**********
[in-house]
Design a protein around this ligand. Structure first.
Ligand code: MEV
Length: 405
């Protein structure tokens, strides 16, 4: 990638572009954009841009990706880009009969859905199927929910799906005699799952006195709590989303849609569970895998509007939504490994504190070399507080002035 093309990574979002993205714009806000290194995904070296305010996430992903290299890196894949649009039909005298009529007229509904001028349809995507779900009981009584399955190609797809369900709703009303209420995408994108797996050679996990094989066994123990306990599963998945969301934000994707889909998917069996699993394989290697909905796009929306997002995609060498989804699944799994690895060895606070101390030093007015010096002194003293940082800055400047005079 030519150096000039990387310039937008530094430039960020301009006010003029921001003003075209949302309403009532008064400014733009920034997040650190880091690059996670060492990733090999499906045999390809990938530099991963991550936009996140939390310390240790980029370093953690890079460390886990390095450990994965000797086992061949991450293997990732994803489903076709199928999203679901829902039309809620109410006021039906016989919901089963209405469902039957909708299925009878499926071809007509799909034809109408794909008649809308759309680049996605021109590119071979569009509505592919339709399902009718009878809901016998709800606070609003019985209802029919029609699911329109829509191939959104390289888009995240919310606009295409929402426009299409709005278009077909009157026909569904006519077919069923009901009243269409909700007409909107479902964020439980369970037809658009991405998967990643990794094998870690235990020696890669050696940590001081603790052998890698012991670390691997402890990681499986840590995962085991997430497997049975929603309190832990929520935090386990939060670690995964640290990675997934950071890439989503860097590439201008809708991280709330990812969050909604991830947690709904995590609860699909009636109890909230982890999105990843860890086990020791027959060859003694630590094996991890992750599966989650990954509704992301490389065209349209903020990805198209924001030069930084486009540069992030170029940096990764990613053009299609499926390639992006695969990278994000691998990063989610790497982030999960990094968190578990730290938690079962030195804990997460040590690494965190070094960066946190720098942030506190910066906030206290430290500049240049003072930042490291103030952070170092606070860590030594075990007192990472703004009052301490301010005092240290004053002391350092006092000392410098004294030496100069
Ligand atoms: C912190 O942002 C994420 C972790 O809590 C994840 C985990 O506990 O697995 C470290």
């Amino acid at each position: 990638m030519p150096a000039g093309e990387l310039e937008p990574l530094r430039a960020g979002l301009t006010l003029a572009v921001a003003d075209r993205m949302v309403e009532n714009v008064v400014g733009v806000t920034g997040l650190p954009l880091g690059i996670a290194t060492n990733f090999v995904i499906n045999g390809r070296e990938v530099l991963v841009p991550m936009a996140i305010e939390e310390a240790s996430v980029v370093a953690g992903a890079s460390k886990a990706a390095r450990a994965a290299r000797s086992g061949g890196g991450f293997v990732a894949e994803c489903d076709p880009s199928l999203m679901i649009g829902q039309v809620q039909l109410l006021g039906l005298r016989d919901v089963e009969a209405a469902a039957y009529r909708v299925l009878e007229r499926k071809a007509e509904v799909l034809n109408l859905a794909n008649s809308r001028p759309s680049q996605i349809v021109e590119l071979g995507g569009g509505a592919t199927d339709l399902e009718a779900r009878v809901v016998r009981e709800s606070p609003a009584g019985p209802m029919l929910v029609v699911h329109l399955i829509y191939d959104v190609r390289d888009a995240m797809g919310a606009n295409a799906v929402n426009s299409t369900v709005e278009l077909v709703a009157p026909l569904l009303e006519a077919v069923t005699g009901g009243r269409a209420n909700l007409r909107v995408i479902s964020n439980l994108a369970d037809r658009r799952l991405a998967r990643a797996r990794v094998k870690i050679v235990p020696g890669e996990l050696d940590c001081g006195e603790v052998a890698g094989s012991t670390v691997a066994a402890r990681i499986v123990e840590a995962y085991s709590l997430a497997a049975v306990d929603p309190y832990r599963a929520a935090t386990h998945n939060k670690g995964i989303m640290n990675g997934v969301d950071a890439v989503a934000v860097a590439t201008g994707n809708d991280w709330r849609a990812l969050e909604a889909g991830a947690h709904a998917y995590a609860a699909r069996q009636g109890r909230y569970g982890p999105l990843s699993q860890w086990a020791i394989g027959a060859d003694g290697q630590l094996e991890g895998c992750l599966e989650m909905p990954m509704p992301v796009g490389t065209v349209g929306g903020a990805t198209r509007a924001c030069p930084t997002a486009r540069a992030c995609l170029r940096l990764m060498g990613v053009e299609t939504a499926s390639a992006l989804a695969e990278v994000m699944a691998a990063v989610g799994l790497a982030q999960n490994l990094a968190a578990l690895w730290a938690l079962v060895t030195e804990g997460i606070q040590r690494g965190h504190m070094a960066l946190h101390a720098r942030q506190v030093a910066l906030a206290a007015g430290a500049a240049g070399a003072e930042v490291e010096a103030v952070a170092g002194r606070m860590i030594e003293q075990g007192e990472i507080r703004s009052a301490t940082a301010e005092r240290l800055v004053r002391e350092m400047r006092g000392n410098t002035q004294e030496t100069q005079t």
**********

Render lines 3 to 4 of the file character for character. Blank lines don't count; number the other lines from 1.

Ligand code: MEV
Length: 405